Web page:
This bird remained still for only a moment and then seemed to fade away into the background.

Northern Flicker

© Michael Q. Powell. All rights reserved.

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The Santa-like “beard” of the White-throated Sparrow (Zonotrichia albicollis) that I observed this past weekend at Huntley Meadows Park seems seasonally appropriate as we move closer and closer to Christmas. The backdrop of colorful foliage adds to the festive feel of the photo, which is further enhanced by the frosty leaves in the foreground.

 

White-throated Sparrow

© Michael Q. Powell. All rights reserved.

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I love Northern Cardinals (Cardinalis cardinalis). The bright red of the male cardinal helps to lift my spirits throughout the winter when the world seems almost monochromatic. In terms of beauty, though, the more subdued coloration of the female cardinal is arguably even more impressive.

This past weekend I encountered several cardinals as I was exploring the frosty fields of Huntley Meadows Park in the early morning hours. I was focused on some sparrows in a patch of vegetation when suddenly a female cardinal flew in. I quickly adjusted my focus—I was focusing manually at that moment—and tried to steady my breathing as I took the first shot below just before she flew away.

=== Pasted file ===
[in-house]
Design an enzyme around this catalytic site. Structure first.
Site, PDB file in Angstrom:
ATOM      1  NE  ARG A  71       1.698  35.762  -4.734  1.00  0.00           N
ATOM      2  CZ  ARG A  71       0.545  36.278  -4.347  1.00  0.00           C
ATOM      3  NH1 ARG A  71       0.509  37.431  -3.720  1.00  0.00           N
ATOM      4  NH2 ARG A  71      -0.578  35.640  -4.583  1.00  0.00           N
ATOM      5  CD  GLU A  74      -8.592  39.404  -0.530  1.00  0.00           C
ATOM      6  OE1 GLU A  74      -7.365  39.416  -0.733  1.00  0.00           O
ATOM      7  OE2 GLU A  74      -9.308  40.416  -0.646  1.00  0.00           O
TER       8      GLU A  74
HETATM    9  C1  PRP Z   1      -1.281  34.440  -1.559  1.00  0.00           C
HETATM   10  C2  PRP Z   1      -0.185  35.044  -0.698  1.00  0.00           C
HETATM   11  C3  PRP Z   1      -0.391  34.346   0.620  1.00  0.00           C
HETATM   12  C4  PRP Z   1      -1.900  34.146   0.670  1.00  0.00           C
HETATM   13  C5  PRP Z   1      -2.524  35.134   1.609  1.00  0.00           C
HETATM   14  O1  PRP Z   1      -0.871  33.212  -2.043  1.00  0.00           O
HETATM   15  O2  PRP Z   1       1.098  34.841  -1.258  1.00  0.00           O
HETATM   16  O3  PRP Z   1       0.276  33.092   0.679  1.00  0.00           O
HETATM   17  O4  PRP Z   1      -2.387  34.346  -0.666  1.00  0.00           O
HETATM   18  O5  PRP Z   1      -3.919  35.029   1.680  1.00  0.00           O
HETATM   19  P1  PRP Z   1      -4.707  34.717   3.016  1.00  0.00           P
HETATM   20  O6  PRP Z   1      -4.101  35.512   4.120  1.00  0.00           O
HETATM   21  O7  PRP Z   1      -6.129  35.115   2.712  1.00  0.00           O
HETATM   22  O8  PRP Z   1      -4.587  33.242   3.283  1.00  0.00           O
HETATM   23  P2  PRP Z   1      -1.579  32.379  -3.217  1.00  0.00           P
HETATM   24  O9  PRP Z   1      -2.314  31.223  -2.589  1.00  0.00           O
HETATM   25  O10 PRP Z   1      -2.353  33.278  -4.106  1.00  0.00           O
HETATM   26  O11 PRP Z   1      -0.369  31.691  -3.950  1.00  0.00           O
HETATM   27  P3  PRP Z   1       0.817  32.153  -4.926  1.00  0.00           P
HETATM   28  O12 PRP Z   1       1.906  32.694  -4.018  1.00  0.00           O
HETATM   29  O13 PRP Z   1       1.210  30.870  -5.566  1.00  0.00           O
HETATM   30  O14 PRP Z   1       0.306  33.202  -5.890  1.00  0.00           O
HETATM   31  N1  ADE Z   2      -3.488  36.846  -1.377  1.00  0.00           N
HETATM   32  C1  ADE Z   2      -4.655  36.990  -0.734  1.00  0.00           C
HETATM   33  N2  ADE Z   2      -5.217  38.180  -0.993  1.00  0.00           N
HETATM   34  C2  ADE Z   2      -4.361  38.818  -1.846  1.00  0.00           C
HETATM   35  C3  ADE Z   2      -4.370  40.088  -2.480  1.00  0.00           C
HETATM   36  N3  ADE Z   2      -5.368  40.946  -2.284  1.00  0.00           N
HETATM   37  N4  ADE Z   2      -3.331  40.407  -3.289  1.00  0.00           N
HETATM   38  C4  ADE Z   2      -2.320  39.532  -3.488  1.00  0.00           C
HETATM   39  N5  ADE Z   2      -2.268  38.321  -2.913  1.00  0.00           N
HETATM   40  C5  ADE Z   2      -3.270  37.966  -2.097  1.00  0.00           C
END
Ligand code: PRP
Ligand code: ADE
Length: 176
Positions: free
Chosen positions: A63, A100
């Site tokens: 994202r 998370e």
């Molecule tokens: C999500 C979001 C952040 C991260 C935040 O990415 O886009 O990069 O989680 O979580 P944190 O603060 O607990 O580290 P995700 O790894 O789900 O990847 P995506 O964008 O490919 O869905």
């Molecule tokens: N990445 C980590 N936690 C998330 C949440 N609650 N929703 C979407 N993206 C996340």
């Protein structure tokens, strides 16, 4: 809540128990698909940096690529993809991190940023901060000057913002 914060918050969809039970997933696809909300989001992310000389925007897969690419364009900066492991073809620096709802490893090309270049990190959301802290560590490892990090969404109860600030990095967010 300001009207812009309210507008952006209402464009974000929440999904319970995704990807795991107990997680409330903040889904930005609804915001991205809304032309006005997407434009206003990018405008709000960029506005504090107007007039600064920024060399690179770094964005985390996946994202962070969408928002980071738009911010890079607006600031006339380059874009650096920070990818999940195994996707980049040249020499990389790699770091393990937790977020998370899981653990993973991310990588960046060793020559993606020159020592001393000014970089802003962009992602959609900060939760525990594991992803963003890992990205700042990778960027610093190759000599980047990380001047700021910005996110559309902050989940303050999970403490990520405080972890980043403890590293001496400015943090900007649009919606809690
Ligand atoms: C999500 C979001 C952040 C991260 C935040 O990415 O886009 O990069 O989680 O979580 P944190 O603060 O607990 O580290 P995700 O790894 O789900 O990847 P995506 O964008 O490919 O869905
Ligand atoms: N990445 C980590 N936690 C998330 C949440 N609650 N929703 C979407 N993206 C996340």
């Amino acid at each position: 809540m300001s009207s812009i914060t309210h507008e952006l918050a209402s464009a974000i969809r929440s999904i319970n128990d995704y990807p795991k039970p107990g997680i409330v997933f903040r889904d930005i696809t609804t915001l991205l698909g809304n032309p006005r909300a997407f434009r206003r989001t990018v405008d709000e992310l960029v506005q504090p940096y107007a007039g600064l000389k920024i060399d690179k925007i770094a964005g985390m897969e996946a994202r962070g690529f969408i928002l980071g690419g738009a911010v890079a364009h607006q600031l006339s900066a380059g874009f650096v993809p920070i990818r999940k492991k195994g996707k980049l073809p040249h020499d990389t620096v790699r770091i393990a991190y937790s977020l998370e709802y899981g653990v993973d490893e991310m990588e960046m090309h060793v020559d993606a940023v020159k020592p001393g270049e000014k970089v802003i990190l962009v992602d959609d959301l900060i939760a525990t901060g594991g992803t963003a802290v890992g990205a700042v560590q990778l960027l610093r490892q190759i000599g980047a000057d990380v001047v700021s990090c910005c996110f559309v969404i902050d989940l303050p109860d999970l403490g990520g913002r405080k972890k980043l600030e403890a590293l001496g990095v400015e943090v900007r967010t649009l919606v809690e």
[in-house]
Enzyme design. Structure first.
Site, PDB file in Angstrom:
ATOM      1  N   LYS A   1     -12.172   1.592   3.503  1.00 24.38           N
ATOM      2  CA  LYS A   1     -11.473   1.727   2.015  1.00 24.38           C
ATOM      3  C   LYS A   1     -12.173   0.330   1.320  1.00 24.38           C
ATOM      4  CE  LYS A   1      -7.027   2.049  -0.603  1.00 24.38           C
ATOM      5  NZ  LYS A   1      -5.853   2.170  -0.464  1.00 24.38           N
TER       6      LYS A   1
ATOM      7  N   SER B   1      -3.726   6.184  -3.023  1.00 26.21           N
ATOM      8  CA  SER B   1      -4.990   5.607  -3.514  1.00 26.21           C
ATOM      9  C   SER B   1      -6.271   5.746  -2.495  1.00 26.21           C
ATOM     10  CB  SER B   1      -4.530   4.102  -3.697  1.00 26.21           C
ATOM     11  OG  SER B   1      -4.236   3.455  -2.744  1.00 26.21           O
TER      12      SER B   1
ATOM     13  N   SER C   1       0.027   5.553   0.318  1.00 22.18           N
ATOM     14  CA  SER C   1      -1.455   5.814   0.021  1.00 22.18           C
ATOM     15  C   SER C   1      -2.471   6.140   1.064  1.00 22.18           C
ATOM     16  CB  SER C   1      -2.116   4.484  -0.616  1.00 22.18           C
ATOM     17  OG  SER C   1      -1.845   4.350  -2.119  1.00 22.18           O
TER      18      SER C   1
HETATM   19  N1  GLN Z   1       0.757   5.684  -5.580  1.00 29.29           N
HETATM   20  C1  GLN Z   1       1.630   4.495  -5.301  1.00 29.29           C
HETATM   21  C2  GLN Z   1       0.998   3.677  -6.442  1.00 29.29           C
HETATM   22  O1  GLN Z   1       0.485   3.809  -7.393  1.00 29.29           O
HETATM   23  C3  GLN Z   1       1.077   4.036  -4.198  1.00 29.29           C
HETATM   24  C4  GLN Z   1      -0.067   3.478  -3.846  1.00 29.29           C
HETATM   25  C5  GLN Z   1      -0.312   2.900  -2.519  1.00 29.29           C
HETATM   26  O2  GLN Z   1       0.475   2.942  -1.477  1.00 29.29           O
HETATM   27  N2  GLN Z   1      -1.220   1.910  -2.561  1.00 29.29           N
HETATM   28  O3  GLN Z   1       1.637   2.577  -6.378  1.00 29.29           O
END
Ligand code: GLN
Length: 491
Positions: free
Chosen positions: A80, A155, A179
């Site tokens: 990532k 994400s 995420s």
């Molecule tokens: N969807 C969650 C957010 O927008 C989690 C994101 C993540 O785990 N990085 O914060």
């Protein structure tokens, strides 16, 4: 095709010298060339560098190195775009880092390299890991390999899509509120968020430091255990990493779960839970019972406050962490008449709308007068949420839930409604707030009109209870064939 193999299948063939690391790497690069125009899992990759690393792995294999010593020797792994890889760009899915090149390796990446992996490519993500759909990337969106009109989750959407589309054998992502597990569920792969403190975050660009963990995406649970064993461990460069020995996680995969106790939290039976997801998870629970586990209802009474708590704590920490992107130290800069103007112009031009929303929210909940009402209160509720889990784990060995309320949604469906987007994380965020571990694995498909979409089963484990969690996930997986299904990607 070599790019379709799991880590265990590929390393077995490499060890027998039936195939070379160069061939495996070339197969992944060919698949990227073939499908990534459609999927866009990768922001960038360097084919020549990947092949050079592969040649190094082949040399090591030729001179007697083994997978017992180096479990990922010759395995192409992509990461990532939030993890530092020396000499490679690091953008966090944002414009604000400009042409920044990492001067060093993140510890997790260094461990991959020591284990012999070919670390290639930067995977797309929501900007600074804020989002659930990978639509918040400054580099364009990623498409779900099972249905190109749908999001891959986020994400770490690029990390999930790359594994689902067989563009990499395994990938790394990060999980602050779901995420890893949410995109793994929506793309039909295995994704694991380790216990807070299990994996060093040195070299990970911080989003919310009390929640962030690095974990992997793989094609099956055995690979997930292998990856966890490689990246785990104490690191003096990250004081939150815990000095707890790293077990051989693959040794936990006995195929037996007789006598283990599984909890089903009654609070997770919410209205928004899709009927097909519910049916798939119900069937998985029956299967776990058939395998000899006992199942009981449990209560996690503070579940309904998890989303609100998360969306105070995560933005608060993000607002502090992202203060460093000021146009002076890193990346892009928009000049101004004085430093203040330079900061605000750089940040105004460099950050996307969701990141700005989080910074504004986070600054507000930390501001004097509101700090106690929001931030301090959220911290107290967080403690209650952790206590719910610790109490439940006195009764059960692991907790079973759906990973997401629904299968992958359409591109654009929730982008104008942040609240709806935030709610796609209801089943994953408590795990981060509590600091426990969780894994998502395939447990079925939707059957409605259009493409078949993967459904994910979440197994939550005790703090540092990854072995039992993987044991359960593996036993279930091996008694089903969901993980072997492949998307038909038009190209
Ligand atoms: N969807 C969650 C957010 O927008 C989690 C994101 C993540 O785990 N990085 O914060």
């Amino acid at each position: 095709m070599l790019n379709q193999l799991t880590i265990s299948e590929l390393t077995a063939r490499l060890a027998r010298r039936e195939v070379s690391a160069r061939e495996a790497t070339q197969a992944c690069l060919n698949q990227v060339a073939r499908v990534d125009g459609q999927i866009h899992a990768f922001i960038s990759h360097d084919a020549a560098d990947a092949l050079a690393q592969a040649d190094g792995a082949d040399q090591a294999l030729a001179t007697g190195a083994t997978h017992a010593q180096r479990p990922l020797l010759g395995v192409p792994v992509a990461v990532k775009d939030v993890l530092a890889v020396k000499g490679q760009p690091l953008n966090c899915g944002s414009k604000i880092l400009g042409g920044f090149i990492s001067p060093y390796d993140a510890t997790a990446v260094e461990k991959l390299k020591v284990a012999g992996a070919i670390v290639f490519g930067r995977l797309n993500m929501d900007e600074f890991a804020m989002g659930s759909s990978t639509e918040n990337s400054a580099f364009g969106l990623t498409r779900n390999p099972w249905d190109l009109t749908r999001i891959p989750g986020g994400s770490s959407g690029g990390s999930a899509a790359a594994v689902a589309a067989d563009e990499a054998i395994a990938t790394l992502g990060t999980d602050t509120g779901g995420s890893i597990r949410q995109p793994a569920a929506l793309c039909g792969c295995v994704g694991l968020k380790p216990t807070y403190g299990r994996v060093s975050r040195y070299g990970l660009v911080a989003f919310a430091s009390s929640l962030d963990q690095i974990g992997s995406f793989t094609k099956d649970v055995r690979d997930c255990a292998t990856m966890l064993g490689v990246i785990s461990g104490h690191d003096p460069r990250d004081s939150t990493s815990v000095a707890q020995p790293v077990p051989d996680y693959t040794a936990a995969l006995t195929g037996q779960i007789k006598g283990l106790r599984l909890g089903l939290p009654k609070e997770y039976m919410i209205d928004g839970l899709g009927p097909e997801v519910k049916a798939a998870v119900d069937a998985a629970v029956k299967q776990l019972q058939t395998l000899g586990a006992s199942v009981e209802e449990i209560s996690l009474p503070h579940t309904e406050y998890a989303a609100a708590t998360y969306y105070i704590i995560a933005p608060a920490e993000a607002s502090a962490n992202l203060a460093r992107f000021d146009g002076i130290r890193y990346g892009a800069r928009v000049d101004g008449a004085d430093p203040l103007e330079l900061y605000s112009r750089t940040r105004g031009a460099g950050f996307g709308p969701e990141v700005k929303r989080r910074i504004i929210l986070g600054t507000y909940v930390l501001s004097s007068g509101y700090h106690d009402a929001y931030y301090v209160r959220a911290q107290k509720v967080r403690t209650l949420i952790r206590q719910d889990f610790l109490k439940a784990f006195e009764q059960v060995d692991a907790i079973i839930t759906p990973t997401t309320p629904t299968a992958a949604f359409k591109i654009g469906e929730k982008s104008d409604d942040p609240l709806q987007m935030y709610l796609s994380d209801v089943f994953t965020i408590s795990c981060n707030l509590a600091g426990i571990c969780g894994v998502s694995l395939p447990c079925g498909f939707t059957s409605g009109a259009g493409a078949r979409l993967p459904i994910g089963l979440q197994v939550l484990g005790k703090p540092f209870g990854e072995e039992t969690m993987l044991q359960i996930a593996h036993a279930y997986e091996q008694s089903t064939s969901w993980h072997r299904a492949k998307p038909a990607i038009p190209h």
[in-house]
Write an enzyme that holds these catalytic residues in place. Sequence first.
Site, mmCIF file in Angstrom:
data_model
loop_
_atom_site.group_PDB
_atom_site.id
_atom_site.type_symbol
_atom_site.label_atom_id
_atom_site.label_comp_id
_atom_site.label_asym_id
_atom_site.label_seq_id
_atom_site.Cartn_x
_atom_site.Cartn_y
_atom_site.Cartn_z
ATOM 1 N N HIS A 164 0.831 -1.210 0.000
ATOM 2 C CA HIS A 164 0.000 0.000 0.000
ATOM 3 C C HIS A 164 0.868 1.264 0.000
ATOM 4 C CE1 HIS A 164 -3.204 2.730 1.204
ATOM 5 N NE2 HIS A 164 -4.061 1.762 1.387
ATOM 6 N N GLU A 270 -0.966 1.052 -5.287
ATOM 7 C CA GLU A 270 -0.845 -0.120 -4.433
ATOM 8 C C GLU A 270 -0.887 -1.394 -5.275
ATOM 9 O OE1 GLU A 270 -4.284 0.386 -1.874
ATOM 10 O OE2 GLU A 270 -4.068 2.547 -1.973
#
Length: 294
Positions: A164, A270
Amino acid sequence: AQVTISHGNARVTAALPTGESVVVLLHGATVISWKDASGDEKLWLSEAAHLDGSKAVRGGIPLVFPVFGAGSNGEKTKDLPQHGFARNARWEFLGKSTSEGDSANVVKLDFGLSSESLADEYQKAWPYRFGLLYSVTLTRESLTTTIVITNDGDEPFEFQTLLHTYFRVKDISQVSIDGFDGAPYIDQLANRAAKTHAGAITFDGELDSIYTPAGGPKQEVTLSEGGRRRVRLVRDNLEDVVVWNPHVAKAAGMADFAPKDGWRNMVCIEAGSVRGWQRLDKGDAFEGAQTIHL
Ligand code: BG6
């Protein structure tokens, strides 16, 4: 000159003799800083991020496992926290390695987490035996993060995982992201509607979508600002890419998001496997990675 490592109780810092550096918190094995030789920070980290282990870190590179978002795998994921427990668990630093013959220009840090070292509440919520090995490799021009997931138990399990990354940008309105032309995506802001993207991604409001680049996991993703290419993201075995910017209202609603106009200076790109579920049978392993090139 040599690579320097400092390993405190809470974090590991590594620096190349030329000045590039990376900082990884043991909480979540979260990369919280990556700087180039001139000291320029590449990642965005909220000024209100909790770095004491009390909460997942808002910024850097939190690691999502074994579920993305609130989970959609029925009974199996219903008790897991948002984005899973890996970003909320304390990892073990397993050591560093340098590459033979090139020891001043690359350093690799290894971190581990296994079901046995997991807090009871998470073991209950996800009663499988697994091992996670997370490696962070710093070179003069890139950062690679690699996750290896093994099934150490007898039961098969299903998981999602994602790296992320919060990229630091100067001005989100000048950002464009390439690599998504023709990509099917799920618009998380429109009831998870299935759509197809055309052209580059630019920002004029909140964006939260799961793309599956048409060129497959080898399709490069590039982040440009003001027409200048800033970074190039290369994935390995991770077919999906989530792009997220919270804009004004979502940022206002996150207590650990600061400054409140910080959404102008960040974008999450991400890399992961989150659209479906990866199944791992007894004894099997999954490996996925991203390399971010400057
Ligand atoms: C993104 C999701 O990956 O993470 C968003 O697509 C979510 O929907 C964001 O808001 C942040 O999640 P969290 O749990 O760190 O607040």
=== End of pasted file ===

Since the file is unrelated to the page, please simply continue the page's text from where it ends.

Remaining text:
A little while later, I caught sight of some movement out of the corner of my eyes in a stand of cattails. The red of a male cardinal is pretty hard to camouflage, so it was easy to spot him, but I was a little surprised by his pose. Somehow it looked more like the pose of a blackbird than that of a cardinal. Even though I was pretty far away, the cardinal seemed to be intently staring at me and didn’t seem too happy about my presence.

Cardinals are common where I live, but I never grow tired of photographing such ordinary subjects, seeking to discover and share the extraordinary that can often be found in the ordinary.

Northern Cardinal

northern cardinal

© Michael Q. Powell. All rights reserved.

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Liz from New Zealand loves to explore a lot more than just color in her blog Exploring Colour. She has a wonderful ongoing series on different aspects of beauty by guest writers and has started a new series on eyes. I am honored to be the first featured photographer and together we selected some of my photos that showed the eyes if such diverse subjects as a birds, a turtle, a fish, a dragonfly, and a fox. Be sure to check out her blog for beauty and inspiration in many forms and to see the five images of eyes (this turtle eye is a sneak preview).

Exploring Colour

Everywhere, eyes are watching! Wildlife and animal photography often provide a wonderful view into animals’ eyes and gives us a small insight into their world and their behaviour.